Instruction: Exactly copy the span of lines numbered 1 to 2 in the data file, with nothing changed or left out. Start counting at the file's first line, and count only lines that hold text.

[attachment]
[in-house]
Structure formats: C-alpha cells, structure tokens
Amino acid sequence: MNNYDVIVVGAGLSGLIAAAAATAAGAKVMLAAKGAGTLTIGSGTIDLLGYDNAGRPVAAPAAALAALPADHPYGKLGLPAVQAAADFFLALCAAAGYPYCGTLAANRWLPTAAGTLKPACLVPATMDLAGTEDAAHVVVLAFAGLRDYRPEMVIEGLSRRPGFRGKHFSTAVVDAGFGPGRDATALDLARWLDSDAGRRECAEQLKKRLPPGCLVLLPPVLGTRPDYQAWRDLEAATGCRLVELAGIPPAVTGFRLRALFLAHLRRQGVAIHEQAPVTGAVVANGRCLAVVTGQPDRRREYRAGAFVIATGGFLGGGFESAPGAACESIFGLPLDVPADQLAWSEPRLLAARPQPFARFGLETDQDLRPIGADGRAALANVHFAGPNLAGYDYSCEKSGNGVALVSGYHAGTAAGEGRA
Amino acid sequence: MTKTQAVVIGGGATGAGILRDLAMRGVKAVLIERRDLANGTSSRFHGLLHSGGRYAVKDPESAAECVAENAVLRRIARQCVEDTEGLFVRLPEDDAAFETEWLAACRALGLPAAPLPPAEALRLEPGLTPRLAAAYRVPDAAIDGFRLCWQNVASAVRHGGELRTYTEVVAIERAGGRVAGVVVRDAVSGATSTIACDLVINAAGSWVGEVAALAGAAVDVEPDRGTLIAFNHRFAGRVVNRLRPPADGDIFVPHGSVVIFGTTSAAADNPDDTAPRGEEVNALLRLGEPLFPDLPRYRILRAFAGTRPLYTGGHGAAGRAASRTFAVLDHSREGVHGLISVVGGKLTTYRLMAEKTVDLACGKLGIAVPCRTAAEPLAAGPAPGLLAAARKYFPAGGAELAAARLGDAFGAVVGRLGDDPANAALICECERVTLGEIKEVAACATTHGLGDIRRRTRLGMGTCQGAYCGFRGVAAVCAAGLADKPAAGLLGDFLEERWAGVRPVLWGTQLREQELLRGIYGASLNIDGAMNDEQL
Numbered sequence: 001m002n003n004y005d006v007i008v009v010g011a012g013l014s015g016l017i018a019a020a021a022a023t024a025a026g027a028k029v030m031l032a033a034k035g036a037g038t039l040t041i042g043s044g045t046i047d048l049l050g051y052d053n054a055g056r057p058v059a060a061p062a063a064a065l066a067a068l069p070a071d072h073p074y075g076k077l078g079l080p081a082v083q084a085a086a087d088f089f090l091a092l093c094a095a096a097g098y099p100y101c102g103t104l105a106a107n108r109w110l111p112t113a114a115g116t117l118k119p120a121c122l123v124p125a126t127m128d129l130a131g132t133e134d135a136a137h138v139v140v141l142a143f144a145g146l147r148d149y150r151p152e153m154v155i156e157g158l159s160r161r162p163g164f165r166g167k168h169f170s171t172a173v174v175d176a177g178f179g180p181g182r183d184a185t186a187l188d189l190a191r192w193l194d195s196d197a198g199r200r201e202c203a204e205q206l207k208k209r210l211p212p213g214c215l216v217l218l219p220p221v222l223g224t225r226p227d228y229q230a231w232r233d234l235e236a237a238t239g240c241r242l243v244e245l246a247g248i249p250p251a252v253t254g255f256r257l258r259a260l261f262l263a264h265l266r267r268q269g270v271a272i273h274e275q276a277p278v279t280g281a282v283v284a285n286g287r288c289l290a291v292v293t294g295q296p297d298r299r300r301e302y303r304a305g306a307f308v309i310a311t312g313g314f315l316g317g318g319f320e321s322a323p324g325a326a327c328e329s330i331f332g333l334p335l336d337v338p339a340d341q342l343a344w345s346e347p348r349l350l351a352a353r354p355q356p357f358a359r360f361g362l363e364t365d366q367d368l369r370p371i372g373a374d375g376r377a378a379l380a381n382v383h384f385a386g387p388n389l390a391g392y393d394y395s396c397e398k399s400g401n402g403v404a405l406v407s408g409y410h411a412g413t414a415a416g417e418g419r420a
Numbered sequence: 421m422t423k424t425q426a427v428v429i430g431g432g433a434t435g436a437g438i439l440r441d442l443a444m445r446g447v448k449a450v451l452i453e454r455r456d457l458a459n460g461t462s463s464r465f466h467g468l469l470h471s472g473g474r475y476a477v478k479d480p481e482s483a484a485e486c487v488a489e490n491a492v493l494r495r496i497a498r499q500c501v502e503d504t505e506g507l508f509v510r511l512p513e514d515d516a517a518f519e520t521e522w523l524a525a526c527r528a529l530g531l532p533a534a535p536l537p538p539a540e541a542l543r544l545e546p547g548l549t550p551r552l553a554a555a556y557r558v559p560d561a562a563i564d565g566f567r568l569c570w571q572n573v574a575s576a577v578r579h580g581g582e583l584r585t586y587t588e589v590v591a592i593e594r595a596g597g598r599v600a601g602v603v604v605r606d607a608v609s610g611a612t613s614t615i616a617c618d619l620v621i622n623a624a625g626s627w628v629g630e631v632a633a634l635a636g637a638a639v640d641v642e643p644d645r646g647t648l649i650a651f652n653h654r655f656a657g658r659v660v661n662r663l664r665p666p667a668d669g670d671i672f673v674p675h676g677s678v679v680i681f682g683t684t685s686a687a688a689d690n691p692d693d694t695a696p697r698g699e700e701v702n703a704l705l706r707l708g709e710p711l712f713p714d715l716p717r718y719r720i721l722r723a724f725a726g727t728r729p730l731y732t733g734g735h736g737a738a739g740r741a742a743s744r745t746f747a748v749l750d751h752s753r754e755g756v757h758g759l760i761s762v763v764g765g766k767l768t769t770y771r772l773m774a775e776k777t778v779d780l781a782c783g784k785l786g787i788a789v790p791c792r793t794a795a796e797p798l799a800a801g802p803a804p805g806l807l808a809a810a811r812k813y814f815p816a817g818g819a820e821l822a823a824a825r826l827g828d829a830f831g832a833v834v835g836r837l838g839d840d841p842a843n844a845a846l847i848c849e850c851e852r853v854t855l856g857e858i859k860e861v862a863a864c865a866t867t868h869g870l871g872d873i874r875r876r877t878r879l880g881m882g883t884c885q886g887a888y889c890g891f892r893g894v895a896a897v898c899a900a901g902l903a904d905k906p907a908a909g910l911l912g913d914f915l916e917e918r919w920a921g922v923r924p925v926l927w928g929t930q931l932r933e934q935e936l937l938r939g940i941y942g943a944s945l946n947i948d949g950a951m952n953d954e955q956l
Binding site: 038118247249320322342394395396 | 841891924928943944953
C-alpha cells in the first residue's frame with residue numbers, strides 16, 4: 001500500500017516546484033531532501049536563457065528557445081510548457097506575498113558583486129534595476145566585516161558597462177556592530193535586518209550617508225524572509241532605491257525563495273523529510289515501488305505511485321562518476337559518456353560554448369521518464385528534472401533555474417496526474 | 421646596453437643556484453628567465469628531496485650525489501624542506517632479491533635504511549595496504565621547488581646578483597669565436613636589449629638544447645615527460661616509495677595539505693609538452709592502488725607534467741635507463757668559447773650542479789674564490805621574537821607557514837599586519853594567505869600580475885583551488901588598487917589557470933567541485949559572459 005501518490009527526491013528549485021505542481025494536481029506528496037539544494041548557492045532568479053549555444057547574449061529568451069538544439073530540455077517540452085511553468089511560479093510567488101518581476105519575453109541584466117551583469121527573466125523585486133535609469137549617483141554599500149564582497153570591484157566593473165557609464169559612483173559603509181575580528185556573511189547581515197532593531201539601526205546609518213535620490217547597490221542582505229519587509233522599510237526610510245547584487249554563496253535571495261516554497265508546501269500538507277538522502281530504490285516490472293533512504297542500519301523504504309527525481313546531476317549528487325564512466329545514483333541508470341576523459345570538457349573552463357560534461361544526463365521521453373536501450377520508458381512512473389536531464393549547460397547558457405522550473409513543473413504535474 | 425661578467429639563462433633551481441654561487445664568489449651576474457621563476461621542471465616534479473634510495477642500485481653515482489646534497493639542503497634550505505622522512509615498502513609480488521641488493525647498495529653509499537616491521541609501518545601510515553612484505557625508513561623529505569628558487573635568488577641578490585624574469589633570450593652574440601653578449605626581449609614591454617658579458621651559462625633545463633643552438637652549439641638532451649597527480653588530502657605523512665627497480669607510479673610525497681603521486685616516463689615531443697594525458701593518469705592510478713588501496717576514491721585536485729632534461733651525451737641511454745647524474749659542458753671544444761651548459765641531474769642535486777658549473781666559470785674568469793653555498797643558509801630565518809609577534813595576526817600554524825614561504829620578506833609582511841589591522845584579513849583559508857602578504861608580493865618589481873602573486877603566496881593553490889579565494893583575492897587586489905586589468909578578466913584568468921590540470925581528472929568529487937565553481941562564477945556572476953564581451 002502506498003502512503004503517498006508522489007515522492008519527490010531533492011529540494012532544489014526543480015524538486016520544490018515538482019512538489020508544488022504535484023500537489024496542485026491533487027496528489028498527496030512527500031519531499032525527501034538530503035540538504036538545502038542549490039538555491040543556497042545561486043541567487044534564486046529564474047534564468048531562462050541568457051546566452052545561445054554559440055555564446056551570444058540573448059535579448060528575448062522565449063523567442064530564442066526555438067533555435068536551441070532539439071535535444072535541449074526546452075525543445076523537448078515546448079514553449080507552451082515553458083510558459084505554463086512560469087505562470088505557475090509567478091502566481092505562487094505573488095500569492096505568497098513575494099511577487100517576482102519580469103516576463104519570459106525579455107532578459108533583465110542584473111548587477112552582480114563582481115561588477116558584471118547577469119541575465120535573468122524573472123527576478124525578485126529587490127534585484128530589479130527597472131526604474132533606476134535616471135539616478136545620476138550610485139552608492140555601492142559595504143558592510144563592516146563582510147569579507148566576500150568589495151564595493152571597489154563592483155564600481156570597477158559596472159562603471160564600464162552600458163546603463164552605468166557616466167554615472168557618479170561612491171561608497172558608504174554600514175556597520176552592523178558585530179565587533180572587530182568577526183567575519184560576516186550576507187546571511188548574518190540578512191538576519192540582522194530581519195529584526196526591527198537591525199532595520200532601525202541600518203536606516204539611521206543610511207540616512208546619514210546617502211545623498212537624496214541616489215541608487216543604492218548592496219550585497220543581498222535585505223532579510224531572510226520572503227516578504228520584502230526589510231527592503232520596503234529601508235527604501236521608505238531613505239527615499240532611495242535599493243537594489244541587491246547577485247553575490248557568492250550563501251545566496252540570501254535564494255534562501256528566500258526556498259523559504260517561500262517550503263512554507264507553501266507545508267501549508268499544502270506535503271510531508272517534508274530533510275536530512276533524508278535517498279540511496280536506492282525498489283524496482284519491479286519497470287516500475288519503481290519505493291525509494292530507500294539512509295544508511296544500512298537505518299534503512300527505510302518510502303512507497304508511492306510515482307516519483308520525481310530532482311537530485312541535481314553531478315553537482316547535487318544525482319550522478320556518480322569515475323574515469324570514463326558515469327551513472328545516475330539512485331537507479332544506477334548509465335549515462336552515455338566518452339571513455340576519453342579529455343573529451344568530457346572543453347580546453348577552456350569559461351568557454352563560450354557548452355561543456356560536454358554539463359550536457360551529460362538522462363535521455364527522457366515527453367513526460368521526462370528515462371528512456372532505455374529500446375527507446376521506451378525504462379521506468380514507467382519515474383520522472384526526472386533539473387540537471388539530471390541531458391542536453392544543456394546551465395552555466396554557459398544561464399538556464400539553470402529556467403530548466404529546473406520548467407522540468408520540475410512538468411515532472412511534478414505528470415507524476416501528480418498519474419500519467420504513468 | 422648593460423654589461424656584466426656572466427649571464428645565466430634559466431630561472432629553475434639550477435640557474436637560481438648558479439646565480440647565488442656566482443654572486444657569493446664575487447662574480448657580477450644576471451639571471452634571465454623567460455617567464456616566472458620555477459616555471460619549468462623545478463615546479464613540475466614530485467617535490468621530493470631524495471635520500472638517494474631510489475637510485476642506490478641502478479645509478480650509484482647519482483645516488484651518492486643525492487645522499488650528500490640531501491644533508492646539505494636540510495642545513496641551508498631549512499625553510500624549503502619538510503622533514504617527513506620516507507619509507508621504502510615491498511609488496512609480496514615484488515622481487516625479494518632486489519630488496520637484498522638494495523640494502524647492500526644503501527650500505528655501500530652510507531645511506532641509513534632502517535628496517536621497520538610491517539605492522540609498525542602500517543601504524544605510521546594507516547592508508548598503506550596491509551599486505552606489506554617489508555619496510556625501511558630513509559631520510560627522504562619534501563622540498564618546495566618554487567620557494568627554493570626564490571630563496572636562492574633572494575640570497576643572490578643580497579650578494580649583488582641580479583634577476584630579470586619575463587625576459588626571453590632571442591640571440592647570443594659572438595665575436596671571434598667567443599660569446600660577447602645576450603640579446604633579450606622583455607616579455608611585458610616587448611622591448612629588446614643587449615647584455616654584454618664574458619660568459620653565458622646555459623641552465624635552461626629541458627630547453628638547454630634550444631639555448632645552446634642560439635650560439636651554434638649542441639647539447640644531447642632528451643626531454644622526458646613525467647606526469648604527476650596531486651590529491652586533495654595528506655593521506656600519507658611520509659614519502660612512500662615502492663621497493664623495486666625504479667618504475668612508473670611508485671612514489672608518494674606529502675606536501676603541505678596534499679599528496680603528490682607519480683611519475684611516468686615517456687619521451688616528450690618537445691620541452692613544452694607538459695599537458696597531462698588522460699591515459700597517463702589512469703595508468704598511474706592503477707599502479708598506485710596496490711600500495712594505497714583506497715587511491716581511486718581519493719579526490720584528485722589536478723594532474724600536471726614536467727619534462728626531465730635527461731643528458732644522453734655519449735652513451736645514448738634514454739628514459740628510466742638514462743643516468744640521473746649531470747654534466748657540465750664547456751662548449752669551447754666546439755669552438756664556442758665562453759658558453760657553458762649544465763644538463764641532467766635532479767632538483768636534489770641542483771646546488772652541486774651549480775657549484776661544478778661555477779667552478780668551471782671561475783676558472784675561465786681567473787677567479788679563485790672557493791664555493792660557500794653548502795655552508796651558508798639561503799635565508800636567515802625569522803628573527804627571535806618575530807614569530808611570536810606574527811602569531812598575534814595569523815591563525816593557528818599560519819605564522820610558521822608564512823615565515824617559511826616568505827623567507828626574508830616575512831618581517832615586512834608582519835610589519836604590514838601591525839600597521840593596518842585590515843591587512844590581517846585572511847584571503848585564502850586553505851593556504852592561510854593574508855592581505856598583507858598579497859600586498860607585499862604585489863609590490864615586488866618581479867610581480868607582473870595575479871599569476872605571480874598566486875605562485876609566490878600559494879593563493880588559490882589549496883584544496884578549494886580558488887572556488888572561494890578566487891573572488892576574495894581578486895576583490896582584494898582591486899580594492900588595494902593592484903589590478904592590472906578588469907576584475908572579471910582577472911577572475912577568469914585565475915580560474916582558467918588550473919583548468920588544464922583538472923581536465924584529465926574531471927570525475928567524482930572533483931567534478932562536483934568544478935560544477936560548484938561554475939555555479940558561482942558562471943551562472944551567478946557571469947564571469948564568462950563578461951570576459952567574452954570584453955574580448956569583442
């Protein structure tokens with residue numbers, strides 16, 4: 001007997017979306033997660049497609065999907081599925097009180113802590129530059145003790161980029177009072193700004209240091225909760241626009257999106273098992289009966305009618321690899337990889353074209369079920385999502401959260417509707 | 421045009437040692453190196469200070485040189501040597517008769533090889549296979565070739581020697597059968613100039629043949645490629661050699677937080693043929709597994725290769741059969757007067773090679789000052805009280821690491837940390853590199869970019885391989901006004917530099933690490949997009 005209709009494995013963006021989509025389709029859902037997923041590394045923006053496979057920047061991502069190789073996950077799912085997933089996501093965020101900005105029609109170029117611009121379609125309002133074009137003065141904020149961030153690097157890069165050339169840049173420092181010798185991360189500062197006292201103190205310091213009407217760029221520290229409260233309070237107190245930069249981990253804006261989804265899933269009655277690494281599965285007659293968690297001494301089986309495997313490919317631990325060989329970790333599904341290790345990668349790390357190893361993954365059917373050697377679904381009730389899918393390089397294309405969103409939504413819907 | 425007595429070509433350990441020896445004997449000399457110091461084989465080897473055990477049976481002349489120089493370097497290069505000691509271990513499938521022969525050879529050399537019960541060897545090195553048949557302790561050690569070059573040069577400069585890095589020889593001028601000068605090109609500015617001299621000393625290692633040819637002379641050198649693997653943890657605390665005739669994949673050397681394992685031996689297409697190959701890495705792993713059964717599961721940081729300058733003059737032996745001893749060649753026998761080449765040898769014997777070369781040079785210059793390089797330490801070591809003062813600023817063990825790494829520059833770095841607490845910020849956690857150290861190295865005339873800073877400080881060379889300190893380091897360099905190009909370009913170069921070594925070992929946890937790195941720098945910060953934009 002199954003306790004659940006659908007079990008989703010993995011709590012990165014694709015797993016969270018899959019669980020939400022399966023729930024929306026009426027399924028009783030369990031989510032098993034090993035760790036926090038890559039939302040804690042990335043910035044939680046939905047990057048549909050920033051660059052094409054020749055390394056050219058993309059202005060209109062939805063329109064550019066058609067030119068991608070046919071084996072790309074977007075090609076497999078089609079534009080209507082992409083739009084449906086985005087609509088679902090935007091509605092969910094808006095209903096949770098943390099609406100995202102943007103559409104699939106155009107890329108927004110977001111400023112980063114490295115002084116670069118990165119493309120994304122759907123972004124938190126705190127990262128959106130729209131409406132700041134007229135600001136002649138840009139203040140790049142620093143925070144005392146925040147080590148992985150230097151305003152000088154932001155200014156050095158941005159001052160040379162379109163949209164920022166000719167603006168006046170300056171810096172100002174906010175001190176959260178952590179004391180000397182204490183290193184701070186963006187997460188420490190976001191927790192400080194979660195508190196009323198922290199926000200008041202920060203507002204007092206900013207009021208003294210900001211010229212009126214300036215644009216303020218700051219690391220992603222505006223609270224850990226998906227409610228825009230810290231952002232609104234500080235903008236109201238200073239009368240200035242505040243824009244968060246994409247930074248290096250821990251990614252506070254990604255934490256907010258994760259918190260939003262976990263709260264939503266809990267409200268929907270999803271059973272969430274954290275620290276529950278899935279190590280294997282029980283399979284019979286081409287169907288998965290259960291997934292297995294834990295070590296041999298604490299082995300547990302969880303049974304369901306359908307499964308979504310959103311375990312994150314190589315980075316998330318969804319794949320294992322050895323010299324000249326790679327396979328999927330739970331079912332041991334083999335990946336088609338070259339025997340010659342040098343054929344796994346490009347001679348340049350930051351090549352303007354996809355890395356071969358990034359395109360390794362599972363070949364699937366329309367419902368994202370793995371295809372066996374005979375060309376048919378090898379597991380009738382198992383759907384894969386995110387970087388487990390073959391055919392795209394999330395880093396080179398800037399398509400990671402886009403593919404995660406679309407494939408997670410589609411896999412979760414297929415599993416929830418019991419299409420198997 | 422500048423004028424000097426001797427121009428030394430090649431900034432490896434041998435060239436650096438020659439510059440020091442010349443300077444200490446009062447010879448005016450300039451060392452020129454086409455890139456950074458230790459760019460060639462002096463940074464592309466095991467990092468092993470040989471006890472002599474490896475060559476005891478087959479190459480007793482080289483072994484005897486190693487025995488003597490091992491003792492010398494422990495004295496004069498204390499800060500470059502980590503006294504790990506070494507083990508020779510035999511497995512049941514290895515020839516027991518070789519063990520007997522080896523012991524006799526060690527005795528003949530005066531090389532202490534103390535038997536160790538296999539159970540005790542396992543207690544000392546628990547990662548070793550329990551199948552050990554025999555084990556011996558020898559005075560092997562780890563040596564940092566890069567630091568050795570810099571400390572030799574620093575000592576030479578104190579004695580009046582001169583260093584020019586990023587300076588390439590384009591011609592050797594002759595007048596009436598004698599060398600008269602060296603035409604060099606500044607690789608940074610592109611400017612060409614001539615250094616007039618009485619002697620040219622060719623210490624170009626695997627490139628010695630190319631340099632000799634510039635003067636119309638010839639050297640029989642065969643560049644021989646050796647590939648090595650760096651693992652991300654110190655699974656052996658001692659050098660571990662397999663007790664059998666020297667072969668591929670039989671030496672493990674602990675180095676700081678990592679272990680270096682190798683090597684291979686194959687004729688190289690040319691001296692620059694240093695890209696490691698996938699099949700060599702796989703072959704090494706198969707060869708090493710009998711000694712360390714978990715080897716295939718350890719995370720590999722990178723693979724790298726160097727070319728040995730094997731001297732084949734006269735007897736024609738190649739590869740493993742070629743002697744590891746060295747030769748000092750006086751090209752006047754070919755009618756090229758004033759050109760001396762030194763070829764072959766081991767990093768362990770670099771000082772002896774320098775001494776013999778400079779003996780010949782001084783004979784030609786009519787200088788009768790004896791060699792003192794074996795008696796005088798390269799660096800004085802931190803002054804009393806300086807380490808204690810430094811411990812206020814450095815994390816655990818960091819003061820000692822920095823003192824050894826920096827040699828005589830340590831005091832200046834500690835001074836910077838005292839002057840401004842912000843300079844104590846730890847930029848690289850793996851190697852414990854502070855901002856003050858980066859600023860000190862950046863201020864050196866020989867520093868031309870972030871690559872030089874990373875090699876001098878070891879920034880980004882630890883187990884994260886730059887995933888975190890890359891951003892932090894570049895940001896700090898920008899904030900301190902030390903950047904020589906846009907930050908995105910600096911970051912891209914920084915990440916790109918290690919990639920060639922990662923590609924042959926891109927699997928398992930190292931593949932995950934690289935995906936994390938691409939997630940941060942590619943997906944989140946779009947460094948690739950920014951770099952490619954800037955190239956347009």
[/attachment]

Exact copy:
[in-house]
Structure formats: C-alpha cells, structure tokens